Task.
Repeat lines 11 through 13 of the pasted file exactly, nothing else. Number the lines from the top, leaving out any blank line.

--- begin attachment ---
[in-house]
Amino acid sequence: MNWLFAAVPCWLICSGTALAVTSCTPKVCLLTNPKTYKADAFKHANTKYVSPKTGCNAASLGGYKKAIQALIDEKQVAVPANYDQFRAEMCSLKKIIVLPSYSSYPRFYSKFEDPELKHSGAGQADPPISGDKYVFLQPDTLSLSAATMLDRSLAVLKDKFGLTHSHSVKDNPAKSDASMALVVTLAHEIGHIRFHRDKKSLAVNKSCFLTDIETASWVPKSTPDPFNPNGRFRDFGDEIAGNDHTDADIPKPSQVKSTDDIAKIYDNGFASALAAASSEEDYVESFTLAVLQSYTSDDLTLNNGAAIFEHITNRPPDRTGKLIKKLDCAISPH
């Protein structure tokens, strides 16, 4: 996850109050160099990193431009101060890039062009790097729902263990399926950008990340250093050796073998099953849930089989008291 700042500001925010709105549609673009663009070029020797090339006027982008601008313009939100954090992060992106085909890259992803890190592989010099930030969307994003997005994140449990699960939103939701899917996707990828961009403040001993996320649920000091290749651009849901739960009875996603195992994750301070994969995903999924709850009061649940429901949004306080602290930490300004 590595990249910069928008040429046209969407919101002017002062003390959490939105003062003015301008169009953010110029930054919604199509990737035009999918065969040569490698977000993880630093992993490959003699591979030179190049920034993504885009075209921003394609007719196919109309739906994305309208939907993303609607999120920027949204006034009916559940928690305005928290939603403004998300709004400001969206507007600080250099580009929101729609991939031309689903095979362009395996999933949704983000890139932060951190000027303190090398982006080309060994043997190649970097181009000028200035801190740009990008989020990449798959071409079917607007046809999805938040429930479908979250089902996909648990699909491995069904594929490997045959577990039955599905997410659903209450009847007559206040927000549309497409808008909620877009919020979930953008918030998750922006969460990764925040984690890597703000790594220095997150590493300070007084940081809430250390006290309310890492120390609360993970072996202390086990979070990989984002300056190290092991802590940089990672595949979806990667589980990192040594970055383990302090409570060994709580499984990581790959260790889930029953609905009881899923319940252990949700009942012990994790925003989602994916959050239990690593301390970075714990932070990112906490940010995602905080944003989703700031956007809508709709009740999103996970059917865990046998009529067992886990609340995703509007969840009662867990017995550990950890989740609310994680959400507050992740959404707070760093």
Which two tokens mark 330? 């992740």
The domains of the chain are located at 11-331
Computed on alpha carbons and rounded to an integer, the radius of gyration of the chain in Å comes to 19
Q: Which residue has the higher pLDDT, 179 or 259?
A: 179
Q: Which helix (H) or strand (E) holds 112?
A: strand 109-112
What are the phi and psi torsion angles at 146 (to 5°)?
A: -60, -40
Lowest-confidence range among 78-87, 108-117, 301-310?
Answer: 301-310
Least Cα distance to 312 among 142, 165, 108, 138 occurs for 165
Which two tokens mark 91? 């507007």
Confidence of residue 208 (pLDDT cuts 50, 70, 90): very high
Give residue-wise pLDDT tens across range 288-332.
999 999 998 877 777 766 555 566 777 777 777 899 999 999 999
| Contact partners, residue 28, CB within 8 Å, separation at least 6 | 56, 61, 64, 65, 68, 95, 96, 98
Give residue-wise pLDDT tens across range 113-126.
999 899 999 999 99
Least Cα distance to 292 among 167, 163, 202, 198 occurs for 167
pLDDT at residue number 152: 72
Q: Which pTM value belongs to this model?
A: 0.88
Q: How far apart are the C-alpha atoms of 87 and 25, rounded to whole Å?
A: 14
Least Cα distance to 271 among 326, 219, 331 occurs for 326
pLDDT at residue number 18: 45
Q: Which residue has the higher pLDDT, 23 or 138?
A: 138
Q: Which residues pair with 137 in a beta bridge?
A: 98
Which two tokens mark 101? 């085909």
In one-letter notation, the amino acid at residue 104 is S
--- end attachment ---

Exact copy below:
What are the phi and psi torsion angles at 146 (to 5°)?
A: -60, -40
Lowest-confidence range among 78-87, 108-117, 301-310?